And because of those prices, we are driving less -- a lot less. According to the Federal Highway Administration, we drove 9.6 billion fewer miles in the month of May than we did last year.
High gas prices are bad, right?
"I see a lot of people on bikes more, which is good for the environment," says San Francisco resident Anna Wong.
So good, in fact, that UC Davis researchers say if prices stay high, 2,000 people could avoid dying from pollution in the next 12 months. Harvard researchers say 1,000 lives a month could be saved with the accompanying decline in traffic accidents.
UC Berkeley transportation researcher Lee Schipper uses his car once a week to do all of his errands at the same time. He calls the reduction in miles driven by Americans "remarkable".
"My estimate is compared to where we should have been with gasoline prices constant in 2002 levels, we're about 15 percent below where we would have been. And that's far more than what people said Americans could respond."
But, he questions the data that shows 9.6 billion fewer miles driven this May as compared with last year. He says that statistic is an estimate at best because of the formula used to get it. He says the more accurate national fuel consumption survey ended in 1985.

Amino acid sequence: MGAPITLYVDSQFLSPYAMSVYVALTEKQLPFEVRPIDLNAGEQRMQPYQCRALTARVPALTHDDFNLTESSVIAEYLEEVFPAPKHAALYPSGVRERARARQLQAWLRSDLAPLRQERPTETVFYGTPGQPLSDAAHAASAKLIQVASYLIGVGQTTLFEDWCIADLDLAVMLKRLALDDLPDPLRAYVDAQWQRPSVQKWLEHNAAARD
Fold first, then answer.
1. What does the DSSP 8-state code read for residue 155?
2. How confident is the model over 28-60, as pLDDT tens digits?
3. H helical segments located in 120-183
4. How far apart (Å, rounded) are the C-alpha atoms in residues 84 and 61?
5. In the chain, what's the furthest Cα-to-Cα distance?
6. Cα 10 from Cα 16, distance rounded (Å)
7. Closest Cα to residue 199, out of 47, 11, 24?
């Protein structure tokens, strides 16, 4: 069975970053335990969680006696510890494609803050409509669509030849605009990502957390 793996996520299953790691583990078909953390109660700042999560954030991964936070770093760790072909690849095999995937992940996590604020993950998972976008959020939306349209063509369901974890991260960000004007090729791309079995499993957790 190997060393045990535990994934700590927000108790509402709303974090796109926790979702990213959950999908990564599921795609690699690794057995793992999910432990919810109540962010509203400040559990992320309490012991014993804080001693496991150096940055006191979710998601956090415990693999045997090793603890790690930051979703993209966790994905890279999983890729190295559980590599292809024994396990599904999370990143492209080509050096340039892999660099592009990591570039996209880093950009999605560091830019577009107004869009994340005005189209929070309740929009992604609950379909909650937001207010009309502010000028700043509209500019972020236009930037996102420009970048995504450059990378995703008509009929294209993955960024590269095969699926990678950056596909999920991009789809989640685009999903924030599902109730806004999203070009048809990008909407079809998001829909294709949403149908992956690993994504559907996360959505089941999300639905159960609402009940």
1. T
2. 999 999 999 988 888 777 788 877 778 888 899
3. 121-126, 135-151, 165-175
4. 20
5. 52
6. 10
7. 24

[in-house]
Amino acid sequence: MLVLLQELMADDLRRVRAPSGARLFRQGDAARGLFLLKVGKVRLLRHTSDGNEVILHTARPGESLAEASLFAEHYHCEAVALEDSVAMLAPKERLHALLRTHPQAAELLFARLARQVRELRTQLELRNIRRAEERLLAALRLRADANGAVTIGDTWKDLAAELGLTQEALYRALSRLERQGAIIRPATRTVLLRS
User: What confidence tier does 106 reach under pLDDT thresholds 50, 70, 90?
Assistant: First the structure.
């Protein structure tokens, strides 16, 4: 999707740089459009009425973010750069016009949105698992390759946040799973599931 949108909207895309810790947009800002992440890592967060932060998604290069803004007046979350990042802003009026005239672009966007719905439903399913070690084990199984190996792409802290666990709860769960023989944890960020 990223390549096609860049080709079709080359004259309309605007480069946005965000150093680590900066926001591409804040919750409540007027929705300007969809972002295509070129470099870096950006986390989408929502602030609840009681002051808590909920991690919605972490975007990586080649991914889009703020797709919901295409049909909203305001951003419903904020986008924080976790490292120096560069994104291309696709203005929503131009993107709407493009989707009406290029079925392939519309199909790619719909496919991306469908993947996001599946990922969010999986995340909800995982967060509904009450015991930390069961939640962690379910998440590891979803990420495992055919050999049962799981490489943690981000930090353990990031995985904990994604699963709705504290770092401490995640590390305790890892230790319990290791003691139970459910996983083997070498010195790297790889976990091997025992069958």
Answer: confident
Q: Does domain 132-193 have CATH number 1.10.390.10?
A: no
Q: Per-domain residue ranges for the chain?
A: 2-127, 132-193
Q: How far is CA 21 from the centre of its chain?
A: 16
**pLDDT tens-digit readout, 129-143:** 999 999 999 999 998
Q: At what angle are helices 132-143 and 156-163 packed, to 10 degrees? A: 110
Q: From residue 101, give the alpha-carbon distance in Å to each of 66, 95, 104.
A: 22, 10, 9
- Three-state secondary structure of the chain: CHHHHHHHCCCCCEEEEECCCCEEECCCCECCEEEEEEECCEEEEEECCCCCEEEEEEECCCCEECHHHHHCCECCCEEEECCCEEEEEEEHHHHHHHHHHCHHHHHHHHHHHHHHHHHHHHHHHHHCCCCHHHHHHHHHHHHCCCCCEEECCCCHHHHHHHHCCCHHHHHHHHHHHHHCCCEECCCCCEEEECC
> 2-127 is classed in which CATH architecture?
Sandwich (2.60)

"The incredible thing is the world's largest gasoline user doesn't know how efficiently we use gasoline."
Efficient or not, everyone agrees gasoline usage and miles driven are down. But, will it last? When prices took off, Chris Reed put his car in the garage, got on his bike and never looked back. He's now selling his car.
Reporter: "Even if prices went back down, do you think you would still ride?"
Reed: "Yes, I think the mind-set has begun that everyone wants to stay away from their cars."
That will mean a projected $5 billion dollar windfall for the state from California's sales tax on gas, which rises and falls with prices. Nevertheless, it would be a multi-billion dollar shortfall for the Federal Highway Trust Fund, which relies on per-gallon taxes that don't rise with price.